MD Business Owners: April 15th Is Personal Property Tax Day, Too!

Author: Jeremy Hesselbein Date: 03/17/2016

Categories: Business Startups, Corporate and Business Law, Tax Services

A change in Maryland policy in 2016 may put you at risk of missing an important tax deadline. As you know, if you own a business in Maryland (whether it’s an LLC or a corporation) or your business is registered to conduct business in Maryland, you must file Personal Property Tax Returns each year with the Maryland State Department of Assessments and Taxation.  Just like the deadline for your federal personal income tax returns, Maryland requires all Personal Property Tax Returns be filed by April 15th.

But there is a difference this year. Instead of sending out a form Return to your business in February, the State adopted a new online filing portal to handle various business-related filings, including Personal Property Tax Returns.  Because you can now prepare and file electronically, the state will not mail a form Return to you so you won’t be reminded in that way to file. At a minimum, you should have received notice from the State of its new filing options. But if you did not note the change, consider yourself warned.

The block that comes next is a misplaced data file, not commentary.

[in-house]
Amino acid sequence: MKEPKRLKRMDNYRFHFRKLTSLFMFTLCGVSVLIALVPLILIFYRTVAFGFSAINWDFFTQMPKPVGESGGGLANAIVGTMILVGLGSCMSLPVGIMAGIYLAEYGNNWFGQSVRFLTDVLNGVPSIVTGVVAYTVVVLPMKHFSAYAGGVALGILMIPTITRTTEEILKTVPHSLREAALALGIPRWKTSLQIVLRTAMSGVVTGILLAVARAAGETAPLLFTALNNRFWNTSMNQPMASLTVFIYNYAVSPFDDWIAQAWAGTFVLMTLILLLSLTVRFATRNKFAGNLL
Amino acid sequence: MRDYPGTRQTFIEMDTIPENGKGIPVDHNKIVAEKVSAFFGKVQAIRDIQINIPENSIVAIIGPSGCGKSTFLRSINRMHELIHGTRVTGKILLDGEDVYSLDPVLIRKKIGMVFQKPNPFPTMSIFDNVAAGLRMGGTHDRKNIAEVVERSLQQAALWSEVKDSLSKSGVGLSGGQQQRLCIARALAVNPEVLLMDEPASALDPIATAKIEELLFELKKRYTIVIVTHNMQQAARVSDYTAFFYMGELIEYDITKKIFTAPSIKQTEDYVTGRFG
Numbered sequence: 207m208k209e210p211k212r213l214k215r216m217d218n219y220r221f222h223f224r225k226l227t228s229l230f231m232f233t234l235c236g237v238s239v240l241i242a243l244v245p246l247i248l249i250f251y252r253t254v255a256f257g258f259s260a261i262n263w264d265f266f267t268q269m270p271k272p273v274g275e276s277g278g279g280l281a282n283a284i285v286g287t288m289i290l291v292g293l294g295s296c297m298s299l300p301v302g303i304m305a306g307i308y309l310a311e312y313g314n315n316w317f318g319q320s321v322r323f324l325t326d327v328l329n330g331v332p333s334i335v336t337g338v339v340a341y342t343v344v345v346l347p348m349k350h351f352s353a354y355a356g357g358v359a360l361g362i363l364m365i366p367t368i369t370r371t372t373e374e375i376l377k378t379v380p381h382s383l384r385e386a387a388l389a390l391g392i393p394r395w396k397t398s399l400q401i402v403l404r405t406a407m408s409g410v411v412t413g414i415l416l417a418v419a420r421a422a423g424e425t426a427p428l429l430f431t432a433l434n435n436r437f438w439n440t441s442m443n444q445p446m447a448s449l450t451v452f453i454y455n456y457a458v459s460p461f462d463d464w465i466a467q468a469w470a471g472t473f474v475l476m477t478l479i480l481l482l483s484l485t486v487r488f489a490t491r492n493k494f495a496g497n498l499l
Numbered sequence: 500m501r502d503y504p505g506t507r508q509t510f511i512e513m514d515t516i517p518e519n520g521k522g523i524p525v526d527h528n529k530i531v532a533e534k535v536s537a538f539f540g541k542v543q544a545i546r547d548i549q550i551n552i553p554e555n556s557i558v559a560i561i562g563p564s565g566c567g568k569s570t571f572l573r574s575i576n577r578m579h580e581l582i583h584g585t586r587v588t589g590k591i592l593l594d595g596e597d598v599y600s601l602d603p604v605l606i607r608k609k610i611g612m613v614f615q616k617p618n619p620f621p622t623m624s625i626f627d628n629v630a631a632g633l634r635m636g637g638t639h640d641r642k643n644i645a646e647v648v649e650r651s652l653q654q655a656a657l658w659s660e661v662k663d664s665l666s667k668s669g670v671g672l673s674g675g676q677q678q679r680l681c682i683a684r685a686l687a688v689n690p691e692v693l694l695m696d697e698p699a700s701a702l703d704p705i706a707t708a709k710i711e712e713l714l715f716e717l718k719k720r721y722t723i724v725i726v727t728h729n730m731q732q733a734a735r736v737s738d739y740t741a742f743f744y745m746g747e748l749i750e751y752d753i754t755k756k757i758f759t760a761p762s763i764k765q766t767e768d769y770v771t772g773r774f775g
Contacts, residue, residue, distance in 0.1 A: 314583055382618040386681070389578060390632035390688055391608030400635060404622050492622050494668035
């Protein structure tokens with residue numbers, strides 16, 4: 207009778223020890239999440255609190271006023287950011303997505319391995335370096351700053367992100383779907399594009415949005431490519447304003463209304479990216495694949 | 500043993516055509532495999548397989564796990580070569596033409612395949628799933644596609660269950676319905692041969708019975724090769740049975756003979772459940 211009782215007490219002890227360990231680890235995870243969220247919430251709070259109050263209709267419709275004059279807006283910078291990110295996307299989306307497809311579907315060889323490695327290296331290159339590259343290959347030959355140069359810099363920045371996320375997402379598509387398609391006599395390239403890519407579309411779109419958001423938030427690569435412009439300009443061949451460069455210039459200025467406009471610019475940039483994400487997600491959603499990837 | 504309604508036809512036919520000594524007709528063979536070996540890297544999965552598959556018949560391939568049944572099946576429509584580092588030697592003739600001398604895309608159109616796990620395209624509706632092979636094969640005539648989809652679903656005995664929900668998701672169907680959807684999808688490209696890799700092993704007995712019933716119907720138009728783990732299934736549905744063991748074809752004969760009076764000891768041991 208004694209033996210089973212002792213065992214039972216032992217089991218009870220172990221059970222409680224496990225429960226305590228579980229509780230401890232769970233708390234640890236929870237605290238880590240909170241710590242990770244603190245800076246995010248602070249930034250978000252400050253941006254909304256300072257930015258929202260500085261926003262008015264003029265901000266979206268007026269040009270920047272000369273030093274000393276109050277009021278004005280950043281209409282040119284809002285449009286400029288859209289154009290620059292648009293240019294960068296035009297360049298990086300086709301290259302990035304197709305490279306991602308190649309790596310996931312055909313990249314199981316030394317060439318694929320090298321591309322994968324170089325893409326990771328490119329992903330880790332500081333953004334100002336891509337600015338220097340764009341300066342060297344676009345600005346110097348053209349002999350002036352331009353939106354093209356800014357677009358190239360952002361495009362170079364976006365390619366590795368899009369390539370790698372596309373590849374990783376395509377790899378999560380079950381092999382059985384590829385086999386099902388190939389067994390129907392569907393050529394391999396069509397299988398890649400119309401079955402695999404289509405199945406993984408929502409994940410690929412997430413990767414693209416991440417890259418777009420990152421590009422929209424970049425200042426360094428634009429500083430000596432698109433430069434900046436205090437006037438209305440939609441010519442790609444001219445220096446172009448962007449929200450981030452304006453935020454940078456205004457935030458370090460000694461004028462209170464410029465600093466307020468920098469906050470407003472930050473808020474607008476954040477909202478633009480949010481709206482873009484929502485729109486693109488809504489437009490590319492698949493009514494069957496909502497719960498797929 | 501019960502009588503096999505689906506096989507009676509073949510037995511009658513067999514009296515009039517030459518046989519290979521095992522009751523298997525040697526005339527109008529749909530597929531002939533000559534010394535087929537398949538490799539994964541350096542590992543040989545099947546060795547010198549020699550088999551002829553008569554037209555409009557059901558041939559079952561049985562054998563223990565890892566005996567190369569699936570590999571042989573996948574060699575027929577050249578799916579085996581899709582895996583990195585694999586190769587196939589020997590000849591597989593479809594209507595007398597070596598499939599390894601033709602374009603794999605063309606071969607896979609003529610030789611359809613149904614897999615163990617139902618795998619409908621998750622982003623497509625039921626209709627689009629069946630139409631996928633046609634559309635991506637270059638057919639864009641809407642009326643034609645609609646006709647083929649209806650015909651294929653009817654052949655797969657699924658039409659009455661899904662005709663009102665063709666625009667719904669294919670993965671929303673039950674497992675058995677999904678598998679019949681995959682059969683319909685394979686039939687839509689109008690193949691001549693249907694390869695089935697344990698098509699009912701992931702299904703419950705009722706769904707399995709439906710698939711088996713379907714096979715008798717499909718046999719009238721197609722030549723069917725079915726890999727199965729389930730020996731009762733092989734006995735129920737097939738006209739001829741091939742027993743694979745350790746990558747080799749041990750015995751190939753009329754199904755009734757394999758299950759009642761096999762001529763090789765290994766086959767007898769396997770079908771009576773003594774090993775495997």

If you wish to file a paper Return, you still have that option.  However, you must download the form from the State’s website.  If you would like to try filing online this year, follow this link to the electronic filing instructions. The cost to file by paper is $300.00, while the cost to file electronically is nominally more due to convenience charges.

If you are unable to make the filing deadline, you may also request a 60-day extension online up to the April 15th deadline.

As in all jurisdictions, Maryland’s Personal Property Tax Return is its annual cost of doing business in the State.  Please be certain that you file the Return or request an extension on or before the filing deadline.  If you do not comply, the State will revoke your business’ charter, exposing you to personal liability, not to mention incurring additional filing and legal fees to return your entity to good standing.

If you have questions regarding this annual obligation, feel free to contact Jeremy Hesselbein or any of the attorneys in our Corporate & Business Law practice, and we will be happy to assist you.